A year ago in July, Williams Lake was a smoky ghost town.
Historically unprecedented wildfires burning close to the city limits from all directions had forced the evacuation of thousands of residents across the region.
The people who stayed behind were helping fight the fires or provide supports to those who were.
While there was no loss of homes or structures within the city limits, it was not the same story for the outlying areas where 60 homes and 167 structures were lost to the fires.
The hardest hit areas were 105 Mile House, where 12 homes and 29 structures were lost, Spokin Lake Road and Miocene where 10 homes and 26 structures were lost, Soda Creek Road where 10 homes and 44 structures were lost, the Plateau Fire area with five homes and 26 structures lost and the Hanceville-Riske Creek area where nine homes and 19 structures were lost.
Additionally, approximately 996,000 hectares of the land base was burned within the Cariboo-Chilcotin, which included some part of the Elephant Hill fire that expanded into the region.
The 2017 wildfire season also saw the longest state of emergency in the province’s history, lasting a total of 10 weeks.
The provincial government first declared a state of emergency on July 7 and had to extend it four times.
It’s clear fire in the Cariboo Chilcotin has played an ever-present role on the landscape.
In the Cariboo, the Plateau Complex Fire alone covered a combined area of 545,151 hectares, making it the largest fire in B.C.’s history after nearly 20 fires merged over the course of three months.
Before 2017, the most damaging wildfire season in the history of the province was in 1958, when wildfires burned more than 850,000 hectares.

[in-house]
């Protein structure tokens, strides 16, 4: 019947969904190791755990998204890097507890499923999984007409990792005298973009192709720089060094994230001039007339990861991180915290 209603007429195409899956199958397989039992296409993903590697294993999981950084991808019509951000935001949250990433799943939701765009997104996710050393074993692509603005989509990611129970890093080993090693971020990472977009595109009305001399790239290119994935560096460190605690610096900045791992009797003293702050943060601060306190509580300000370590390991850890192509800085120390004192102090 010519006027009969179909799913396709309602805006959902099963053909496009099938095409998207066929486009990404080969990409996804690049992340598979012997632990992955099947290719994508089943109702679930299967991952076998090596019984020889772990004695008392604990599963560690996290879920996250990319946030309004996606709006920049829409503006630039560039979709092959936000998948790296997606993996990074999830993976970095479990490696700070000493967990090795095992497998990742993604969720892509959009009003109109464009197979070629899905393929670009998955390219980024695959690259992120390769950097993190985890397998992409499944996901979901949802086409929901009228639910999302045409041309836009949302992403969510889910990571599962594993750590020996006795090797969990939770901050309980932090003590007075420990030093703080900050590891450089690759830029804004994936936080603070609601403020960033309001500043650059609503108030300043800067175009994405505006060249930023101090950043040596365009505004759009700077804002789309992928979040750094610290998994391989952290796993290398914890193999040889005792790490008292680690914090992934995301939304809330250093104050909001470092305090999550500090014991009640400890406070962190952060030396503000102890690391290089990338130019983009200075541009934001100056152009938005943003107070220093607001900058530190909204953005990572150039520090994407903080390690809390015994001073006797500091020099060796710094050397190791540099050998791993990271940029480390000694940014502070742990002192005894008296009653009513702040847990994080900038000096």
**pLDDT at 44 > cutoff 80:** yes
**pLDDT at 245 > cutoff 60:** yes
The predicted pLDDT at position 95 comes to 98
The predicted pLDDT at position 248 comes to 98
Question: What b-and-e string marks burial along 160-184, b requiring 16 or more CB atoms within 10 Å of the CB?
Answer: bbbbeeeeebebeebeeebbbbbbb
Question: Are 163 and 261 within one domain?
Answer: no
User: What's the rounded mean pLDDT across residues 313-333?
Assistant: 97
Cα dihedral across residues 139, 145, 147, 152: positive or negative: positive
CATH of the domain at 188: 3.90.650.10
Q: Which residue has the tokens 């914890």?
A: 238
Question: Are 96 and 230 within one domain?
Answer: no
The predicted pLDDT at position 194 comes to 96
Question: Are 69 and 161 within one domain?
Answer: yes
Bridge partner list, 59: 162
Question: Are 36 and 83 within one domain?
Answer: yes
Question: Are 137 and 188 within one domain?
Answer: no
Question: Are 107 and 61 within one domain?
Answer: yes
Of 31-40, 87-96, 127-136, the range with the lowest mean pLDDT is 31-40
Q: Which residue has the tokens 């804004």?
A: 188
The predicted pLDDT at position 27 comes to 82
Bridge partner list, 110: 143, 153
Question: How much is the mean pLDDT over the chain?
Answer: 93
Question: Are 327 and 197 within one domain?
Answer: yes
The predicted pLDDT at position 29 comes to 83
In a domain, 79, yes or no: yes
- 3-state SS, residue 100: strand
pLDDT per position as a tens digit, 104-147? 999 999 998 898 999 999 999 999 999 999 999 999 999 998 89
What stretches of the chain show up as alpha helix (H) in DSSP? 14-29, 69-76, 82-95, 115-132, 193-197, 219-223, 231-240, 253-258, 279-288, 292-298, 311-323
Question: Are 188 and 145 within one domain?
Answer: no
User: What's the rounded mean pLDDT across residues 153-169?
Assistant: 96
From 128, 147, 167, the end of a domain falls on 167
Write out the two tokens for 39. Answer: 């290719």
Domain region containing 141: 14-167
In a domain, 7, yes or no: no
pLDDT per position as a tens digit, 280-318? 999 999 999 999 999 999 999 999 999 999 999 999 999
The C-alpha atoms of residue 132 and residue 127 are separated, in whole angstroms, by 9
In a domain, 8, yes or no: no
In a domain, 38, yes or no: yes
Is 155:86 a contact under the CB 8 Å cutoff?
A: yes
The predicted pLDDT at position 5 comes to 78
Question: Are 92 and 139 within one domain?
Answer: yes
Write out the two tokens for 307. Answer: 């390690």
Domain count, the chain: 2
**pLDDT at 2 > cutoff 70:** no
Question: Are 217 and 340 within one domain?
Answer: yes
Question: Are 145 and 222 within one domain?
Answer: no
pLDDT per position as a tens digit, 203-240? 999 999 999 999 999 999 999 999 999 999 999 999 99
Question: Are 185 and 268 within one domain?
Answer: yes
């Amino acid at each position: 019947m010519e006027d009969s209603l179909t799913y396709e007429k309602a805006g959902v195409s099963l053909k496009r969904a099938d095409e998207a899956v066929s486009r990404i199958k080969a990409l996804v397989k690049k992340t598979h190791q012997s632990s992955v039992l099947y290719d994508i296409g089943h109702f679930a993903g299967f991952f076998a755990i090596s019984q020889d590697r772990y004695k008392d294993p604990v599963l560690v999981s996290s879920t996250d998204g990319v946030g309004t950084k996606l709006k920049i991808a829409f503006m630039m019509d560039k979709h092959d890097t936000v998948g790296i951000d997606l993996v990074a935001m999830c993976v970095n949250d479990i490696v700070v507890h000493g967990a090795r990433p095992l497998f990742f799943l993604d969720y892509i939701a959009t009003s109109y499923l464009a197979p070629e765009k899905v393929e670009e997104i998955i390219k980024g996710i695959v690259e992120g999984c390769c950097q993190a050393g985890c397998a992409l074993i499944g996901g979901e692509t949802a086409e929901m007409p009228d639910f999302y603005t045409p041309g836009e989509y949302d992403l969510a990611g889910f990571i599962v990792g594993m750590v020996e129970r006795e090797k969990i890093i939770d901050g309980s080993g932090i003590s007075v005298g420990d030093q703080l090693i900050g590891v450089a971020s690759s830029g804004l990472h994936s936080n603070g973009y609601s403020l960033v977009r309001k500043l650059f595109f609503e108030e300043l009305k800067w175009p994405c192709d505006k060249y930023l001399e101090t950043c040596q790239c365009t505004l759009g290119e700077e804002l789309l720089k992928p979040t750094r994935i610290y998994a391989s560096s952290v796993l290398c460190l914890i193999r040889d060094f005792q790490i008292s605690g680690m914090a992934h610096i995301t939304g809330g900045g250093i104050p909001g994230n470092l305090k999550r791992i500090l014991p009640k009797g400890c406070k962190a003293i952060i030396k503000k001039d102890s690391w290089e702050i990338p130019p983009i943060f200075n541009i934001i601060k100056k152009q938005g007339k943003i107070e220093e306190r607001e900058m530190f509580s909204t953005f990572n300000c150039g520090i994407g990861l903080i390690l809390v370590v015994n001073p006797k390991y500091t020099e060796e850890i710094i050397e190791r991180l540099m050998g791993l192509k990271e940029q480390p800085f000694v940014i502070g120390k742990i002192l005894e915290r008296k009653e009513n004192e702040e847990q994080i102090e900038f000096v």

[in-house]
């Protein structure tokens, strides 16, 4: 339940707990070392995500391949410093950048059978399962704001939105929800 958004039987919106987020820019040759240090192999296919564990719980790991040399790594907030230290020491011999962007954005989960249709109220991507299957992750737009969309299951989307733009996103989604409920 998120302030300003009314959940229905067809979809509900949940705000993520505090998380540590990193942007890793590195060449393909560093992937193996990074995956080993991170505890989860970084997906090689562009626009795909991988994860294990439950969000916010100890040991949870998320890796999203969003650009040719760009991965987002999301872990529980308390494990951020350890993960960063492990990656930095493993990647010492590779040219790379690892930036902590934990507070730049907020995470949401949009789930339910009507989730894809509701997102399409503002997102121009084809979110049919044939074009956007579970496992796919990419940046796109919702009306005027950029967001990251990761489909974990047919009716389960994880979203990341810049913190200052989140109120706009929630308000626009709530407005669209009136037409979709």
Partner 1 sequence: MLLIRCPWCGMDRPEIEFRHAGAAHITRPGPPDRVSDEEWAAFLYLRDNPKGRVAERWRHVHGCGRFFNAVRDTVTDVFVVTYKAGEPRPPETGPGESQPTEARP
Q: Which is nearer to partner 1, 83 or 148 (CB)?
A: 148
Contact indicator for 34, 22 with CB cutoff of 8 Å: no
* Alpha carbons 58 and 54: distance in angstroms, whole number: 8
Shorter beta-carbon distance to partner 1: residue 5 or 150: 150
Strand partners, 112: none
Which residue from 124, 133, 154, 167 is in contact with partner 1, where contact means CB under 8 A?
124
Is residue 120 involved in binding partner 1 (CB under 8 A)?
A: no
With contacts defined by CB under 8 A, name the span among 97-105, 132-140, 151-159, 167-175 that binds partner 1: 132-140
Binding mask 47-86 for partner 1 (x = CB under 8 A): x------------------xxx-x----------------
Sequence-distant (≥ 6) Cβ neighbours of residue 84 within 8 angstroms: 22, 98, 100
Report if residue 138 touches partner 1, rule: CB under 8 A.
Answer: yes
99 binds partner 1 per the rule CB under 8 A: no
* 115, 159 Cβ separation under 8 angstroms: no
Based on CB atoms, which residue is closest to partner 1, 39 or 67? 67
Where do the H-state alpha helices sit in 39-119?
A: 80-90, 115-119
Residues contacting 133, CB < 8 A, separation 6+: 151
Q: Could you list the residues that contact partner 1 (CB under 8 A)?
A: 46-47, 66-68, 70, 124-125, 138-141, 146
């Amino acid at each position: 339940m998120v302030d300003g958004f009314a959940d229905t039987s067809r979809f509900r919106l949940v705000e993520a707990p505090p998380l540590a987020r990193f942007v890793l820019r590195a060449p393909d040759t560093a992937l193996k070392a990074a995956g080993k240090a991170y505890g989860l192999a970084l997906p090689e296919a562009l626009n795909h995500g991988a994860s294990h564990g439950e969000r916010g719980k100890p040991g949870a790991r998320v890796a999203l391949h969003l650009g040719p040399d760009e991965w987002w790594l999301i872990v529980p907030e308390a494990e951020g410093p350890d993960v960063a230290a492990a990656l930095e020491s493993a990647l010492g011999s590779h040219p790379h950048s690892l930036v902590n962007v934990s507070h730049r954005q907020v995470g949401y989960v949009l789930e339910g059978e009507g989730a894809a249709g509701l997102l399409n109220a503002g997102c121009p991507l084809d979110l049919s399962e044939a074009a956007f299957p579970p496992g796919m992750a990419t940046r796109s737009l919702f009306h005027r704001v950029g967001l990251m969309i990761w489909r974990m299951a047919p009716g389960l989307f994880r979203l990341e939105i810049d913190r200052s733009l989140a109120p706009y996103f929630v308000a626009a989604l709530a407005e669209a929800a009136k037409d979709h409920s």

Fire has always been a natural part of the landscape in the Cariboo Chilcotin — clearing grasslands and underbrush. Some species rely on fire as part of their life cycles. First Nations in the area used fire to renew growth and prevent future mega fires.
No matter the cause, the fires of 2017 were devastating on local communities.
Around 28,000 people, 48 percent of the total population of the Cariboo Chilcotin, were evacuated from their homes — some for months.
In addition to the B.C. Wildfire Service, and firefighters from across the country and world, there were many unsung heroes who did their part to help during the wildfires and throughout the first year of recovery.
Local logging contract crews and ranchers were instrumental in putting out the fires, while everyone from veterinarians to health care workers to local business owners and just regular people went above and beyond.
Thank you to all for setting our community on the path to recovery.
With files from Tara Sprickerhoff
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